First, it meets the criteria for a political, security and economic entity with interconnectedness. The political unity and economic integration of Spratlys (Nansha Islands), for example, are closely related. The islands’ economic integration or economic unity represent the close interrelationship between the insular features and the interconnected water resources.

Second, the historic criterion for the identification of the legal archipelago is provided as an alternative in case an archipelago cannot meet the other requirement. For example, the water-land ratio that is highlighted in the Limits in the Sea No.150 is based on Article 47 of UNCLOS. The four island groups in the South China Sea have been governed as a single entity throughout China’s administrations.

Although it is unclear what the specific requirements are for it to be a historical criterion, there is historical evidence that, for administrative or governance purposes, it only takes a short period of time to meet the requirement of consistently treating a particular archipelago as a single entity.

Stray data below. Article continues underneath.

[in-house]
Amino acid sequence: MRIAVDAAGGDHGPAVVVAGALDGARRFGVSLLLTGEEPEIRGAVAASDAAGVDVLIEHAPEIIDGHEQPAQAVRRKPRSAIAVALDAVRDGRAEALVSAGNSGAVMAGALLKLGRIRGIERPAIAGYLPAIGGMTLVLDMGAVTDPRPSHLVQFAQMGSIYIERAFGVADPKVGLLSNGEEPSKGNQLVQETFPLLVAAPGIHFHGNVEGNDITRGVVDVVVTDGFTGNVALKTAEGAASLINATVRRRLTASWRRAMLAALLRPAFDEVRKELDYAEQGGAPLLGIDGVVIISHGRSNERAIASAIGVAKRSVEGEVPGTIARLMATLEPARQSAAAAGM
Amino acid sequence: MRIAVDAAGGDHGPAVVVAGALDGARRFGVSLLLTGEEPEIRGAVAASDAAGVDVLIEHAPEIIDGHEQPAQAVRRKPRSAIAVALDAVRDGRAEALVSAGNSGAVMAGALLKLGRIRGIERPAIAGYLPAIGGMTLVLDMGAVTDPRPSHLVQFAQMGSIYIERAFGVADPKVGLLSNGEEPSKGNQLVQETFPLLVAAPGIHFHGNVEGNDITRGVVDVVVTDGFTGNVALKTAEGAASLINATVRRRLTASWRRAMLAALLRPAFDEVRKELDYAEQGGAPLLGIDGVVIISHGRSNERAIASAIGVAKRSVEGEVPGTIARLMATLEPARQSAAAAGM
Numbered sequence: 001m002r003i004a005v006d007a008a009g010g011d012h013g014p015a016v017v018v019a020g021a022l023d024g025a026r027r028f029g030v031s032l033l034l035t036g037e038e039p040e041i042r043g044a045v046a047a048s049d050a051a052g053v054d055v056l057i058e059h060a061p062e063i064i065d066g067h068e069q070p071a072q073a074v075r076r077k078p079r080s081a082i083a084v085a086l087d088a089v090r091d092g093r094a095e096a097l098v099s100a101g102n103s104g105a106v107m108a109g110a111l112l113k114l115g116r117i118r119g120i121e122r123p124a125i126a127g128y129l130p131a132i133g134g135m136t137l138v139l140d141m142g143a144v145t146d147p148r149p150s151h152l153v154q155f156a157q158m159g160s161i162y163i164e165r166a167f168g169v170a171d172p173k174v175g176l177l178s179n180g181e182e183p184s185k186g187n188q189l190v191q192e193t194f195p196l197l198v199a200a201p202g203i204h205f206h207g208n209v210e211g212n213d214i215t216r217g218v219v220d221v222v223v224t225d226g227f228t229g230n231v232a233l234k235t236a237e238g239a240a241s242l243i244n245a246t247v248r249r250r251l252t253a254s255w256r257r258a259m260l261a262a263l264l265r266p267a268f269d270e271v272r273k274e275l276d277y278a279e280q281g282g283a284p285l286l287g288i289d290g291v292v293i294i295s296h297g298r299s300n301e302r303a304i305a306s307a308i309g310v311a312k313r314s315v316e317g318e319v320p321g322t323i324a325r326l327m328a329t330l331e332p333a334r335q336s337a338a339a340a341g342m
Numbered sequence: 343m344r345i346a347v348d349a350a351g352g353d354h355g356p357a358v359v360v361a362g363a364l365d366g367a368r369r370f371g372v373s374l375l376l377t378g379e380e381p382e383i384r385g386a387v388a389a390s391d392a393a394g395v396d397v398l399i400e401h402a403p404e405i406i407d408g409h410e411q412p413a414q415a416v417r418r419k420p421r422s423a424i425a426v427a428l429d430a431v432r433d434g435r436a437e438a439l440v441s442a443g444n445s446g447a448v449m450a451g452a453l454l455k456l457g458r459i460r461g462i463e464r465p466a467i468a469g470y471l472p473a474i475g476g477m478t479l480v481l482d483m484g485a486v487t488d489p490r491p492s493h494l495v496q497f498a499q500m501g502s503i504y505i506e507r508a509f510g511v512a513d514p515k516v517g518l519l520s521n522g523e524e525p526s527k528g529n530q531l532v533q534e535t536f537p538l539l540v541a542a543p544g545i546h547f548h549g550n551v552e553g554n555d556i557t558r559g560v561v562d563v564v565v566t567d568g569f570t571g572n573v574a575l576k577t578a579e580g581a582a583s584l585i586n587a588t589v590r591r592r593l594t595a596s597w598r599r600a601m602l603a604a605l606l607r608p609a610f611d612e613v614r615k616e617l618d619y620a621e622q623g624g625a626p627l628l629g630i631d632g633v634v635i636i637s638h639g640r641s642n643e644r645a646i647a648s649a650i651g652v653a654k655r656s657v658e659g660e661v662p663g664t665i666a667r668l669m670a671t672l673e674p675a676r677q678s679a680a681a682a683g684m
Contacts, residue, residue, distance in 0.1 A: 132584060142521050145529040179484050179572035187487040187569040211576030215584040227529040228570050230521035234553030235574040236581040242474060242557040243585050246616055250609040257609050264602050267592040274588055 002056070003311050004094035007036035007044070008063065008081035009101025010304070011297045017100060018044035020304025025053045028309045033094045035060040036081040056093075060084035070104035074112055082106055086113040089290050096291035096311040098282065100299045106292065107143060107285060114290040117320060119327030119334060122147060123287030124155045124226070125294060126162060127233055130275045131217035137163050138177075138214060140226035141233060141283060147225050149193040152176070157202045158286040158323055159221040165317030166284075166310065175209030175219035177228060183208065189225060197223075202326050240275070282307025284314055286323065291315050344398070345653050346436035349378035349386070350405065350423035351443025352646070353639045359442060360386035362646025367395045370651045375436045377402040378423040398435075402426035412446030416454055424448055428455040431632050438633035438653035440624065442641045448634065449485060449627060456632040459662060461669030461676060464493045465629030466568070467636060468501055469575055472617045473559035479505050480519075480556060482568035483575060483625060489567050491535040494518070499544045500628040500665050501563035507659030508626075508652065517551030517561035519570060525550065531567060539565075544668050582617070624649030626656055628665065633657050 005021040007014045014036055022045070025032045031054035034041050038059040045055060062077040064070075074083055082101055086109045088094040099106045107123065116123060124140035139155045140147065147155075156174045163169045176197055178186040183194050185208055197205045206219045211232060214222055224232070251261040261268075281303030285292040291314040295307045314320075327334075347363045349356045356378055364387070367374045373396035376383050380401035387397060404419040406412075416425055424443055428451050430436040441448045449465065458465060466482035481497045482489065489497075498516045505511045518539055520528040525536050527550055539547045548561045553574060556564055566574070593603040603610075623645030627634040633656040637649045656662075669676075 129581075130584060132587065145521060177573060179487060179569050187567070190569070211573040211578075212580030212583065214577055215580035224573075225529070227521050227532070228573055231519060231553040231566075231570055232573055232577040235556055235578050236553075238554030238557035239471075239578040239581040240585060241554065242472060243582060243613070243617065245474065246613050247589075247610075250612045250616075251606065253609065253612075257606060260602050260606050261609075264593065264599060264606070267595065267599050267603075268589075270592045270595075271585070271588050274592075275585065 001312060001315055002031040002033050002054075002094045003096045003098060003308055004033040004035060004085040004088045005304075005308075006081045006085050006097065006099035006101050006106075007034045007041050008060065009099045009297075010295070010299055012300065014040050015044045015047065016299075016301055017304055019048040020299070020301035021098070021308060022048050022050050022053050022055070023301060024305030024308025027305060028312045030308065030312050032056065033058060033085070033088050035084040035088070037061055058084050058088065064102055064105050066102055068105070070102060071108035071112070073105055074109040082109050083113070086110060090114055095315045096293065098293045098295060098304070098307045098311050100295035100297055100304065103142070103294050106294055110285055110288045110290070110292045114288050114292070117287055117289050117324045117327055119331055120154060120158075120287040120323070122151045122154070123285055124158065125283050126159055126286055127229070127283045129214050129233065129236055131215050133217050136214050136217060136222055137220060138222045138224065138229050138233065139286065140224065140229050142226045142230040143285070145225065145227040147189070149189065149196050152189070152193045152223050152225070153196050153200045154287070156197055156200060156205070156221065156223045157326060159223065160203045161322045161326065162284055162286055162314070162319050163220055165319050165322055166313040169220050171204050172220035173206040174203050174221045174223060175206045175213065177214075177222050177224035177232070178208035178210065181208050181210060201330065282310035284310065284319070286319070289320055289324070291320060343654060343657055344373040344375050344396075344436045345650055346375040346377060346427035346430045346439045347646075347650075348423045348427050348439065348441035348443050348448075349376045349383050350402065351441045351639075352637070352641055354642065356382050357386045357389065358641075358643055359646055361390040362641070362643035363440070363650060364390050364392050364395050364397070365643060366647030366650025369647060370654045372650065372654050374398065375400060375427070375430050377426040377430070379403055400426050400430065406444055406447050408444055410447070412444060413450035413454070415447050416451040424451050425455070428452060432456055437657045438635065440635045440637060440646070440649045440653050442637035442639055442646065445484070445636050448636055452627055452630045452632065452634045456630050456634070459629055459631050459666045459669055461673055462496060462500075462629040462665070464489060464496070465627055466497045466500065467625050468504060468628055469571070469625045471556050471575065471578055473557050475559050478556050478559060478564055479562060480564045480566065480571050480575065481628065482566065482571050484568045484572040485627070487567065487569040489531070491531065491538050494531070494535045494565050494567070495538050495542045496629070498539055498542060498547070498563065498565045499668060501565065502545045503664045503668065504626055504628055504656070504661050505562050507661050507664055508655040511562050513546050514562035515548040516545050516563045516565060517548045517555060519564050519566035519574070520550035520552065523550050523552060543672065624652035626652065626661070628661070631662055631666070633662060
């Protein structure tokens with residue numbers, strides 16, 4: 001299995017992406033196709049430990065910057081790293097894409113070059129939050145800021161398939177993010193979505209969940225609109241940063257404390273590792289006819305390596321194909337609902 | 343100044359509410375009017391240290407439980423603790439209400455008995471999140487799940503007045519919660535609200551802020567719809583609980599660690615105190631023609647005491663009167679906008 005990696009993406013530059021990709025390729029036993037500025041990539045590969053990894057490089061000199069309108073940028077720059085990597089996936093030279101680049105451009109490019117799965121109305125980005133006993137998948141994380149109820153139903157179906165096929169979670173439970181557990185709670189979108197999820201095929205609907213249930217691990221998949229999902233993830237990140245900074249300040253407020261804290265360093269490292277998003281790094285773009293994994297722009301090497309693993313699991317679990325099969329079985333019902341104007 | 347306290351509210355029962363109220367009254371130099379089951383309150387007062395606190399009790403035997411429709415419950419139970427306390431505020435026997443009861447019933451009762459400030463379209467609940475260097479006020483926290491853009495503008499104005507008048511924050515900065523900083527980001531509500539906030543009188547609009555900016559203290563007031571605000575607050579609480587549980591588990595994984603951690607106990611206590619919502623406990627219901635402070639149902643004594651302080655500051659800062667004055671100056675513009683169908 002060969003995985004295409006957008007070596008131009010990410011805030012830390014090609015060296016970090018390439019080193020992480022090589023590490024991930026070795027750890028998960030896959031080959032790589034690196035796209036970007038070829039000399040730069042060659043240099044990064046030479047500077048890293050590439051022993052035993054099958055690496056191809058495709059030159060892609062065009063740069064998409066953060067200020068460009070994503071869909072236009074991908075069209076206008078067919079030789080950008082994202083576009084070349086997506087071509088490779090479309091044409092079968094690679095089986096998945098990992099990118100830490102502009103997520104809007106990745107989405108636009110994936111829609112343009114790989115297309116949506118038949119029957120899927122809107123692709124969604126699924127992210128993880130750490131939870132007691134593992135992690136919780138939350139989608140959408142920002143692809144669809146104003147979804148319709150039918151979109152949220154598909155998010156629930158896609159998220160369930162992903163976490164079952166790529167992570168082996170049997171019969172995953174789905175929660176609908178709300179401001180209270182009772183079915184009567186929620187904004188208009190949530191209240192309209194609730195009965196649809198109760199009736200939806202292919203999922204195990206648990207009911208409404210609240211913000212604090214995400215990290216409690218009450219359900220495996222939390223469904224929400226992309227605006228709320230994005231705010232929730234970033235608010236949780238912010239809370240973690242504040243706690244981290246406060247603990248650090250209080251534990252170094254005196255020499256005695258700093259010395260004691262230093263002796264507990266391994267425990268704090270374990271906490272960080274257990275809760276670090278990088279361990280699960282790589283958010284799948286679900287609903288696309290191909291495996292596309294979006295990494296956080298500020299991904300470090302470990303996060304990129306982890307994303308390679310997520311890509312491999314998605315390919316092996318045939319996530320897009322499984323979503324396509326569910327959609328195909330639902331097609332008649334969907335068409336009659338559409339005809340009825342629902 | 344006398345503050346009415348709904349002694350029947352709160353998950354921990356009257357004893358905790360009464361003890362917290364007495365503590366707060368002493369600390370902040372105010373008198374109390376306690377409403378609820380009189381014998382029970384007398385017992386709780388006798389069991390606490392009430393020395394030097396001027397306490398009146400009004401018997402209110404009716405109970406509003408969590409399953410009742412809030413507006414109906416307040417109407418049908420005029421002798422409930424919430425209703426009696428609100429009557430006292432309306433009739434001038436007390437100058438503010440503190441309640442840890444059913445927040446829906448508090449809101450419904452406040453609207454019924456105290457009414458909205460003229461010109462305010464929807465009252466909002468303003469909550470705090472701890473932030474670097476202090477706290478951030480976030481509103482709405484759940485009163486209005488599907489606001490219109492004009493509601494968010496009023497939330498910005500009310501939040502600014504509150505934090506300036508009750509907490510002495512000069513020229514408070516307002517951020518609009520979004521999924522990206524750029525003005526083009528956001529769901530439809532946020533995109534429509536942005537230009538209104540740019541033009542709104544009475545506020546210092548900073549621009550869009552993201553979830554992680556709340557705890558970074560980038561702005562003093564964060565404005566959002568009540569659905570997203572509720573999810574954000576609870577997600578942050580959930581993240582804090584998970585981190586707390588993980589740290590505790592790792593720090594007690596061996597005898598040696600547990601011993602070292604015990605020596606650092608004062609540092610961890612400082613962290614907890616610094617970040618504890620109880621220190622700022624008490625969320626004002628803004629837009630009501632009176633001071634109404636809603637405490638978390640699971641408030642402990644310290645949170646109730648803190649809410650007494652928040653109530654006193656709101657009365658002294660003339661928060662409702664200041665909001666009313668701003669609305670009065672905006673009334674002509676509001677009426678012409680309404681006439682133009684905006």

Third, some continental states have used straight baselines for their oceanic archipelagos, which may indicate that principles applicable to oceanic archipelagos of continental states are emerging. These include the Galapagos Islands (Ecuador), the Faroe Islands (Denmark), Houtman Abrolhos Islands (Australia), Canary Islands (Spain), Balearic Islands (Spain), Azores and Madeira Islands (Portugal), Turks and Caicos Islands (United Kingdom), Loyalty Islands (New Caledonia, France), Kong Karls Land (Svalbard, Norway), Coco Islands and Preparis Island (Myanmar), Andaman and Nicobar Islands. The Lakshadweep Islands (India), involve claimed rights over the sea areas around such archipelagos in their entirety, on the basis of drawing baselines (especially straight baselines) around the outlying archipelago as a whole.  

Fourth, one of the key elements during the negotiations on the concept of the archipelagic regime is the principle of balancing exclusive and inclusive interests of archipelagos (exercise of sovereignty) vis-a-vis those of third states (navigation, traditional fishing rights).

Archipelagic states achieved their main objective concerning the archipelagic concept, the unification of the waters of their archipelagos and the exercise of sovereignty over the archipelagic waters, while the interests of maritime powers were also secured through the navigation regimes, innocent passage  and archipelagic sea lane passage.